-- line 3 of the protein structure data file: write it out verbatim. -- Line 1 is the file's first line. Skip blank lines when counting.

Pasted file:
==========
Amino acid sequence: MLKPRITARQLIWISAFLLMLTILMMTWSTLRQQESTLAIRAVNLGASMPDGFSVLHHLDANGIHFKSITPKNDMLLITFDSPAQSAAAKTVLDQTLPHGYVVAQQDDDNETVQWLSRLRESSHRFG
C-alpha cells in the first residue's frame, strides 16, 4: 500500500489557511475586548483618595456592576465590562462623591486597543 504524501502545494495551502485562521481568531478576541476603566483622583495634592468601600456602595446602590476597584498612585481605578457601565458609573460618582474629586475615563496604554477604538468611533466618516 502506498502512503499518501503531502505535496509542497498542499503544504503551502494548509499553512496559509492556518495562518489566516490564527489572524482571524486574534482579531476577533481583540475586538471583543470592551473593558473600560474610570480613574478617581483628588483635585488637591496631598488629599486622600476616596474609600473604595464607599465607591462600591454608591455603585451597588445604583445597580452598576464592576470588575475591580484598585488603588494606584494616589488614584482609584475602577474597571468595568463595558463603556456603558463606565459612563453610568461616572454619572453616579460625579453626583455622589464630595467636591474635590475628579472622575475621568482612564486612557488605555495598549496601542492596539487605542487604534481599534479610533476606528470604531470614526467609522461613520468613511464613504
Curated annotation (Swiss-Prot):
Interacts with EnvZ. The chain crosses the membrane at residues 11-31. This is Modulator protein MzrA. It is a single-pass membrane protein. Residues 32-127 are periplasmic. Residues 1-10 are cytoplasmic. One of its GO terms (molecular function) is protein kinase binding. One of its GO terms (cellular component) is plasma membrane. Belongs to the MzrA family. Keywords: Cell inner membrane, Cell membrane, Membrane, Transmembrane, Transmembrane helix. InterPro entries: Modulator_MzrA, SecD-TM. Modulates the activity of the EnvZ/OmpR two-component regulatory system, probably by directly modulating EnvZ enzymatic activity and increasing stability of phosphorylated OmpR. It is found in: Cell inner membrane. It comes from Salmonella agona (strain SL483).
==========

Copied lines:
Curated annotation (Swiss-Prot):